Three gunmen opened fire Friday at one of President Mahmoud Ahmadinejad's campaign offices in the southeast, wounding three people, Iran's official news agency reported.
The shooting took place in Zahedan a day after a bombing at a Shiite mosque in the city killed 25 people.
The report by the Islamic Republic News Agency quoted the campaign office chief, Mohammad Zahed Sheikhi, as saying the three men threatened people before opening fire, injuring two office workers and an infant.
Sheikhi said the men were captured after a short chase.
Ahmadinejad and three other candidates are competing in the June 12 presidential election.
Deadly mosque blasts
Iran blamed the U.S. and Israel for the bombing Thursday at the mosque in Zahedan, saying the countries were trying to stoke sectarian tension with the Sunni Muslim minority.
"I announce that ... those who committed the bombing are neither Shiite nor Sunni. They are Americans and Israelis" who want to stoke sectarian conflict in the country, Iranian Interior Minister Sadeq Mahsouli said on the ministry's Web site.
Iran has repeatedly accused the U.S. and other Western countries of backing militants and opposition groups in the country, charges they have denied. The blame could be intended to mask real sectarian issues between Iran's Sunnis and majority Shiite population.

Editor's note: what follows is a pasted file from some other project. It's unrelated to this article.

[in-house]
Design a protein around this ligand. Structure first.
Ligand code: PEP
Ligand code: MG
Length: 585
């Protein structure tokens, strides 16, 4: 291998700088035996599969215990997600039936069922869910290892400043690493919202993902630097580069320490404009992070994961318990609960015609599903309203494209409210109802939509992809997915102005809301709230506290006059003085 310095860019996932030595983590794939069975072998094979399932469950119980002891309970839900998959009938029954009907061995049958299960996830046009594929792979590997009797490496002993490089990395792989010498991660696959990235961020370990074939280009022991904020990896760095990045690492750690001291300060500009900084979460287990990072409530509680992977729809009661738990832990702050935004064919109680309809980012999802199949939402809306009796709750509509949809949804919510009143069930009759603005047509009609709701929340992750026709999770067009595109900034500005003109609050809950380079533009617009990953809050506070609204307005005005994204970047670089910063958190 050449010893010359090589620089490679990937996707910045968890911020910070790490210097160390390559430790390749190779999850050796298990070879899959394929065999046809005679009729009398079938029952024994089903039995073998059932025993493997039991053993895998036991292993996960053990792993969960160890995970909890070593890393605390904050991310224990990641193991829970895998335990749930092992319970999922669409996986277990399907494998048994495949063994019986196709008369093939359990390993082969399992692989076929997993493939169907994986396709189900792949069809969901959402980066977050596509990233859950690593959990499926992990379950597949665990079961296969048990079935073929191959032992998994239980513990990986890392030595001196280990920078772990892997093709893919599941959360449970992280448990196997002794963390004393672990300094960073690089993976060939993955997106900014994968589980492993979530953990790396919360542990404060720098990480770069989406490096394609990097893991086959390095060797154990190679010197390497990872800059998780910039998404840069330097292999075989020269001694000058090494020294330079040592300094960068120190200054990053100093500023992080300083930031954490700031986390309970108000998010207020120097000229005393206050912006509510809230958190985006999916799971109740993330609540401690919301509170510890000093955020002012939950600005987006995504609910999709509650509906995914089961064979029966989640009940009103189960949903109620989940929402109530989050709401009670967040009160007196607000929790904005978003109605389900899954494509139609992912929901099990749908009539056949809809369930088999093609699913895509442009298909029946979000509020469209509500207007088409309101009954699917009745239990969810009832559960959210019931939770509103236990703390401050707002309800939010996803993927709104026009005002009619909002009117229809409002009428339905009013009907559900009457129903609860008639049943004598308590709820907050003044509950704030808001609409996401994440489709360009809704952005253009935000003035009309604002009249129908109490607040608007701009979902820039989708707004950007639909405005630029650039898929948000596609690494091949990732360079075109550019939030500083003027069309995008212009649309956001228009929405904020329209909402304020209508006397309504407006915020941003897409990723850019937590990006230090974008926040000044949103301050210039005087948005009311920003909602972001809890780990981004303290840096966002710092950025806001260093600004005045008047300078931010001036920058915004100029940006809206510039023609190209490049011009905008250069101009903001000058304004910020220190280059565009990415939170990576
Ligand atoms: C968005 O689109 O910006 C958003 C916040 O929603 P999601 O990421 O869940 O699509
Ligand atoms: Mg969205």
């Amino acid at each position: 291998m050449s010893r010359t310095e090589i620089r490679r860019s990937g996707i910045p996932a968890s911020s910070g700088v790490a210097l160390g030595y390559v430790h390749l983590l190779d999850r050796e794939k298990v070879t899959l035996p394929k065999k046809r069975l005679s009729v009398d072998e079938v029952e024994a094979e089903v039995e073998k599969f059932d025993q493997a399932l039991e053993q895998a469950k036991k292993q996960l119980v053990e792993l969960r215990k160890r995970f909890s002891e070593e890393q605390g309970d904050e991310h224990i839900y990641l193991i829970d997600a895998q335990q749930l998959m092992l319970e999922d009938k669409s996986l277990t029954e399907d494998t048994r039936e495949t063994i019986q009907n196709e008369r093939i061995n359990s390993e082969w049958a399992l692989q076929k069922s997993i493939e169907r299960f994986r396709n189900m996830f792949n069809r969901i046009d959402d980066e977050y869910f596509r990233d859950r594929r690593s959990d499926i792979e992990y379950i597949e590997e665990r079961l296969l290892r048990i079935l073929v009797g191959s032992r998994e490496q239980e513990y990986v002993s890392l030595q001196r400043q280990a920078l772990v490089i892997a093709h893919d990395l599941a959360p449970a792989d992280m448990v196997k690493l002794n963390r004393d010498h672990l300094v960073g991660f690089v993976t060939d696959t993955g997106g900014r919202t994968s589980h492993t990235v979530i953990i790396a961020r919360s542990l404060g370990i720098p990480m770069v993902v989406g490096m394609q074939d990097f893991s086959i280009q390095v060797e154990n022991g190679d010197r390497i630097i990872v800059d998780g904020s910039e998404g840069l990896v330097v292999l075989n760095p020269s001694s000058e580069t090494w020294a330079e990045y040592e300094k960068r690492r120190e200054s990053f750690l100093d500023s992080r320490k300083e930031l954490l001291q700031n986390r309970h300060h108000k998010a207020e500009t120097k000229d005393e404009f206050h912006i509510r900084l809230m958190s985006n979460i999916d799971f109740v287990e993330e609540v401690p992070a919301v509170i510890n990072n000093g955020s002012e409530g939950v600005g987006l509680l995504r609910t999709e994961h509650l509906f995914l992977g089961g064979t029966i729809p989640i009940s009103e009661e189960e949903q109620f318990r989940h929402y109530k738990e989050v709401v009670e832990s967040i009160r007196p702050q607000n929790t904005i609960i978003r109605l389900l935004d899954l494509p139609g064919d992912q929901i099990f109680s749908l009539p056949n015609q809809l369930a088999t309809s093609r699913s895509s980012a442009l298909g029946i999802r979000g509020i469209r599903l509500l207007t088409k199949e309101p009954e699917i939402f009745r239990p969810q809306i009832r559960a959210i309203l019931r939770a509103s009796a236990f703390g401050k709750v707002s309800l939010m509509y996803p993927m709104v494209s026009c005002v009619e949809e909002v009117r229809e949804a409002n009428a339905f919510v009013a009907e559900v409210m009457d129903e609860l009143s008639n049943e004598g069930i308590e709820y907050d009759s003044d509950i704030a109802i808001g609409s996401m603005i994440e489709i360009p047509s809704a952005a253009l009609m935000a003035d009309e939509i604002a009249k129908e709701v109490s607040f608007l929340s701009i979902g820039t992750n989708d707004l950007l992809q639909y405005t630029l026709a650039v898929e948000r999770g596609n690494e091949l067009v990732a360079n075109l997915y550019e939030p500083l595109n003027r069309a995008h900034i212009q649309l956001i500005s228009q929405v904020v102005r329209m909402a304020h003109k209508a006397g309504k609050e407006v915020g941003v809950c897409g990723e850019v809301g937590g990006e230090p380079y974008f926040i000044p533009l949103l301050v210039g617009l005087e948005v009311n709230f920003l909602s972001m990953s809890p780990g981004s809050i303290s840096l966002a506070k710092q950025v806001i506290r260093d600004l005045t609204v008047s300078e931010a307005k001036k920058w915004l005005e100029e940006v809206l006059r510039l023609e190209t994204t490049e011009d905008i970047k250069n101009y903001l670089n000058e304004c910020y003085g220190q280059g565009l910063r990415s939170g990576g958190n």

Zahedan has been the scene of attacks by an Islamic militant group called Jundallah that claims to be fighting for the rights of Sunnis and is believed to have al-Qaida links. The remote city, 1,000 miles southeast of Tehran near Pakistan and Afghanistan, also has been the scene of frequent clashes between drug smugglers and Iranian police.
The United States condemned the attack. Robert Gibbs, White House press secretary, said Friday: "The American people send their deepest condolences to the victims and their families. No cause justifies terrorism, and the United States condemns it in any form, in any country, against any people."
At the State Department, spokesman Ian Kelly noted that the target of the attacks served Muslims of Iran's Shiite majority sect and coupled it with recent violence against Shiite mosques elsewhere.
"We note with concern a recent trend of bombings of Shia mosques in Iraq and Pakistan, as well as in Iran, and strongly condemn any kind of sectarian-driven violence," Kelly said.
Asked about the Iranian accusation of U.S. complicity in the attack, Kelly said: "We do not sponsor any form of terrorism anywhere in the world. Never have, never will."
Jalal Sayyah, a senior security official in Zahedan, said 145 people were injured in the bombing Thursday and three suspects had been detained.
"Hire of the terrorists by the U.S. was verified based on investigation," Sayyah told The Associated Press.
Sayyah did not say whether the terrorists belonged to a specific group. In 2007, Jundallah, or God's Brigade, killed 11 members of Iran's elite Revolutionary Guards in Zahedan.
Iran blamed a similar bombing of a Shiite mosque in the country's southwest in April 2008 on three men it said had ties to the U.S. The bombing in the city of Shiraz, located some 550 miles south of Tehran, killed 14 people.
Last month, Iran hanged the men, who the court said were members of a little known monarchist group that wants to overthrow the country's ruling Islamic establishment.